Final table poker has
its own set of methods and tactics, and a good player knows that things
are going to change after each player is knocked out. After a couple of
final table showings, you quickly learn that a few adjustments to your
game will be the difference between eighth place and third or better.
When you find yourself
sitting at a final table you need to realize that this moment is a very
crucial one. It's a moment where you should pause and readjust your
game. The game is going to change again and again until the tournament
is over. Don't get wrapped up in the thrill of the moment. The next few
decisions are the most important ones you will make all day. There are
a couple of things that should be on your mind at this time.
The first thing to look
for is the big stack. This player will look to push you around. If you
get head to head against the big stack, you want to have some good
cards; then you will likely have the best of it. And expect to get some
If you are the big
stack, you should try and force your opponents to commit early to their
hands. Push them around with big bets.
Next is your stack. If
you are below the average stack, you may need to decide to
“play for third place”. Playing for third place
means that you're are going to try and make it as far as possible in
the tournament, without getting involved heavily. You let the blinds
dictate how aggressive you have to be, and hope that enough of your
opponents get knocked out before you. This method is profitable, but
not exactly fun.
If you decide that you
are going to try and win it, you will be betting into any signs of
weakness, and playing your big cards very aggressively. Ideally, you
want to make back the blinds each round. Late tournament poker has very
high blinds, and just making the blinds back will keep you alive while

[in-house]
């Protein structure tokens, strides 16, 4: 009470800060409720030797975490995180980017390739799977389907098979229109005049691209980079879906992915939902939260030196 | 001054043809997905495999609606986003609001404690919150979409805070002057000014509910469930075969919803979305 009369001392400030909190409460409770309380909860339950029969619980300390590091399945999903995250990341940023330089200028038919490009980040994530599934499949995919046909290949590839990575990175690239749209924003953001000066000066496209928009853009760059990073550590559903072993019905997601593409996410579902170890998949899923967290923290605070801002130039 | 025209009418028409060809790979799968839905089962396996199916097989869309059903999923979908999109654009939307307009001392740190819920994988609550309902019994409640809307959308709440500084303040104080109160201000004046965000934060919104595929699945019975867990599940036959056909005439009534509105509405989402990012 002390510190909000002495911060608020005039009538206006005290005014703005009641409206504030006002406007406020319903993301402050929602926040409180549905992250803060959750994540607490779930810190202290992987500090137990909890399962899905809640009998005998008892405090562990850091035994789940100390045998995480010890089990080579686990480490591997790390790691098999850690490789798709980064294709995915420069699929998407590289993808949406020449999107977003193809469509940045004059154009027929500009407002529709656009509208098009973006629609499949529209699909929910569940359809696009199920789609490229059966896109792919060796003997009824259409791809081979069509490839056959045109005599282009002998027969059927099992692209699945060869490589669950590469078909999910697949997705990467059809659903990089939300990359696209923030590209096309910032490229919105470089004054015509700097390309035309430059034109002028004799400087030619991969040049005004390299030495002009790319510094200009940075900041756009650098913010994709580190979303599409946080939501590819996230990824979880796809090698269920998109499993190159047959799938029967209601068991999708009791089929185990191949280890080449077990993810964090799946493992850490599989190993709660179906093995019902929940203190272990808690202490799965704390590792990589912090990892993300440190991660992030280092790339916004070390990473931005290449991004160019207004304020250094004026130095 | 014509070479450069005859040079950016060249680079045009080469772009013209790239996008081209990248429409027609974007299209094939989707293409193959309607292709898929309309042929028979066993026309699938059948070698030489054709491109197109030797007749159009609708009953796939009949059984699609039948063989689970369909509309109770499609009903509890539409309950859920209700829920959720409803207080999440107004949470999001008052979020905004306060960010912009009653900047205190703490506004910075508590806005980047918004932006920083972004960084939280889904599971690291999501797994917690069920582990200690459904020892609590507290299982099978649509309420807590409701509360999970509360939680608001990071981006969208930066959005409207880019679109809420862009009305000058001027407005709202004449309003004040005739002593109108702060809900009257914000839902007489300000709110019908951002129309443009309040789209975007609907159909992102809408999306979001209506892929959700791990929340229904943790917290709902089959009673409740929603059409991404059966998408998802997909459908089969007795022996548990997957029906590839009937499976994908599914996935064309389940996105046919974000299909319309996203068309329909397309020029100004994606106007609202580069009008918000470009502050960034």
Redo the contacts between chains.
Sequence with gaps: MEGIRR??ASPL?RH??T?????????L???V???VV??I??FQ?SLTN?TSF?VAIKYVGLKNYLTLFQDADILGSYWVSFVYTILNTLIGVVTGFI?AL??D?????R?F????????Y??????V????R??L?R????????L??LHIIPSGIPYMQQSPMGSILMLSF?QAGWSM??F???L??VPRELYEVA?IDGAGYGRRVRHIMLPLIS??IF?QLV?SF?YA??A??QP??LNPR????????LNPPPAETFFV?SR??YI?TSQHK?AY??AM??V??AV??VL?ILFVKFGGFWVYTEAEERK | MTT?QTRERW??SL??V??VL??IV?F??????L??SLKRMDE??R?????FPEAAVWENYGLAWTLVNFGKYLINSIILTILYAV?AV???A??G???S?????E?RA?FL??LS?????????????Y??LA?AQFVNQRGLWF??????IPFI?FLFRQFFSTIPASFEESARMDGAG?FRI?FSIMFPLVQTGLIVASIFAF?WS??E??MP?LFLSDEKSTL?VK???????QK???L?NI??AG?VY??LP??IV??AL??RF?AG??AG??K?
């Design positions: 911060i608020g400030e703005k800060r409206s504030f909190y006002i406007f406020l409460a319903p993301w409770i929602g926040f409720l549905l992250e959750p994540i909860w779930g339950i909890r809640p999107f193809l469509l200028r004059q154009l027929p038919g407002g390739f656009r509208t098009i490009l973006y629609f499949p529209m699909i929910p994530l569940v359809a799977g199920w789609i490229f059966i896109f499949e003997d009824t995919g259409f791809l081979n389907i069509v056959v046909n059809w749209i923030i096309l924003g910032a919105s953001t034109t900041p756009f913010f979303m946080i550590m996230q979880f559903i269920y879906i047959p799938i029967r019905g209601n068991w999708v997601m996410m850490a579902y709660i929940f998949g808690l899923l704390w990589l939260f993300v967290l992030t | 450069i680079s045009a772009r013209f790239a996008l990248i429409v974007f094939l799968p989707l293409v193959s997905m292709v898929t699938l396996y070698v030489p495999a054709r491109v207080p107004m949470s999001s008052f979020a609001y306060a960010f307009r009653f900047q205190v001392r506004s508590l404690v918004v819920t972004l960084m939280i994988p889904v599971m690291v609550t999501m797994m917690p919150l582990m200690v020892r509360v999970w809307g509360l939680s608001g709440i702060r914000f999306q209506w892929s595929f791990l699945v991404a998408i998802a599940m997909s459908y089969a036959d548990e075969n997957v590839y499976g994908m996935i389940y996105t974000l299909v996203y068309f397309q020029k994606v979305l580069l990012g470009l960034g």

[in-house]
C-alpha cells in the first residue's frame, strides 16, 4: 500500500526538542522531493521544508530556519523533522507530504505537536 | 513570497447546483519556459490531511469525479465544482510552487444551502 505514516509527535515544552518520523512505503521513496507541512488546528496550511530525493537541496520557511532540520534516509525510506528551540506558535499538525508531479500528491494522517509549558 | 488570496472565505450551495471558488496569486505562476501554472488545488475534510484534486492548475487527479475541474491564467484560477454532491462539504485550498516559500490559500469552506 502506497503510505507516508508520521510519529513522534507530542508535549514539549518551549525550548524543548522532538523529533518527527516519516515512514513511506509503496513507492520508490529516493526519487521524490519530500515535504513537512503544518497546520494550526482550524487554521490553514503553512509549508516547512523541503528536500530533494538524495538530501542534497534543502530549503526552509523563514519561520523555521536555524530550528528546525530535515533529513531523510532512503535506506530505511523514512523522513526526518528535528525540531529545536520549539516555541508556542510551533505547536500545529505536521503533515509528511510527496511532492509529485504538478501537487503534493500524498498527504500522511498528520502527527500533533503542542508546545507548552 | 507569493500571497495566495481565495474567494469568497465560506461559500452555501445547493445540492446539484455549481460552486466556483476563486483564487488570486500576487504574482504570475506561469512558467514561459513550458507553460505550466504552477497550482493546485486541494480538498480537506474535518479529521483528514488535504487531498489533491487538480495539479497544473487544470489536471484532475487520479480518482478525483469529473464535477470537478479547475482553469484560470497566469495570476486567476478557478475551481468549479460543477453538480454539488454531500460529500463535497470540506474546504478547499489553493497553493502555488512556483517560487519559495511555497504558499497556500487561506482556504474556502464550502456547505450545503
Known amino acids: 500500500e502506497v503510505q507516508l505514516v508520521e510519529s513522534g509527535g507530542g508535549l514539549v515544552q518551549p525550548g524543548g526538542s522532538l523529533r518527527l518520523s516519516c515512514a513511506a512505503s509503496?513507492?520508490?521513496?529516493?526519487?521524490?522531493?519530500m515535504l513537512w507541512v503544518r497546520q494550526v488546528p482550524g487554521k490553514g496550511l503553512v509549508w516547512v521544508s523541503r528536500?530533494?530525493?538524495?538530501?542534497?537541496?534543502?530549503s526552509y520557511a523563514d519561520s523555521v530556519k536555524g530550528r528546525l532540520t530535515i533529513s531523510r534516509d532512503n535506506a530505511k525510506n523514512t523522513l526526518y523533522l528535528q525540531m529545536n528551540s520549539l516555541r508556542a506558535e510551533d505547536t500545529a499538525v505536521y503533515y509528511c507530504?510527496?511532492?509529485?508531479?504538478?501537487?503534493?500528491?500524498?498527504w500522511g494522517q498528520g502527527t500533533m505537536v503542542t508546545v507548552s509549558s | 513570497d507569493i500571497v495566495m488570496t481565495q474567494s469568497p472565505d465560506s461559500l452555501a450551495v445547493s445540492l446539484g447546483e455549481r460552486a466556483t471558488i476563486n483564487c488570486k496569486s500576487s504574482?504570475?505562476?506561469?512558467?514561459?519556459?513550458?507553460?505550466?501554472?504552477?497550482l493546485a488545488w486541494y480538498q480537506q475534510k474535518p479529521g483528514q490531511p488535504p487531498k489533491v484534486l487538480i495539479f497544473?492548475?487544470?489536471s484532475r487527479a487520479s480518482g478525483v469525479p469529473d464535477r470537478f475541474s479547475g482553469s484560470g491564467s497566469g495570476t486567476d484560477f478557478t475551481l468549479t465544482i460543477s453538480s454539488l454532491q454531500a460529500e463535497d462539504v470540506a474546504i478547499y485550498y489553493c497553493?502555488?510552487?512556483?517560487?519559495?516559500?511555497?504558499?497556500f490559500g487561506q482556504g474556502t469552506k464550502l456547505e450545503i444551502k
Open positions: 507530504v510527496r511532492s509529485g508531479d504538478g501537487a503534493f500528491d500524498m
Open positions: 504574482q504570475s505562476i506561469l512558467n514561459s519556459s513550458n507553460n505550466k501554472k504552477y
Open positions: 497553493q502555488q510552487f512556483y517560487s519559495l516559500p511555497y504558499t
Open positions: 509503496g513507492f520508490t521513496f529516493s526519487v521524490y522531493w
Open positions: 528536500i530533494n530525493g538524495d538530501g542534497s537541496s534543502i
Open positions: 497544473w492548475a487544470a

less disciplined players take their chances and get busted out. This is
why the button and the blinds usually play out the hand. Blinds are
defended fiercely, and the button looks to push out the normally weak
blind hands. This blind recovery method also keeps you in the game
until your monster comes along, and you double up on a big stack, or
you knock an opponent out.
As in any poker game
it's important to study your opponents. You know that the table is not
going to get broken up and you'll suddenly be sitting with new
opponents. The only way someone can leave this table is to get knocked
out, so watch everything each opponent does when it's their turn to
act. I would also recommend that you try and establish a table image
within the first 15 hands or so. If I plan on playing tight, I will try
and make it seem like I'm a loose player, and vice versa. If you keep
your opponents guessing about what you're up to, you should find
The most important tip I
can give someone about final table poker is that you need to exercise
your skills at putting down hands. This is not the time to call large
bets that you think may be a bluff when you have a mediocre hand. Each
opponent that gets knocked out puts money in your pocket. This is your
focus – surviving as long as possible and only putting your
chips at risk when you figure you have 75% of it or better.
Final table lessons are
difficult to learn because we don't get to practice them enough. Small
buy-in tourneys are a great place to practice these important tactics.
Getting there is only half of the job, what you do when you get there
is what really pays.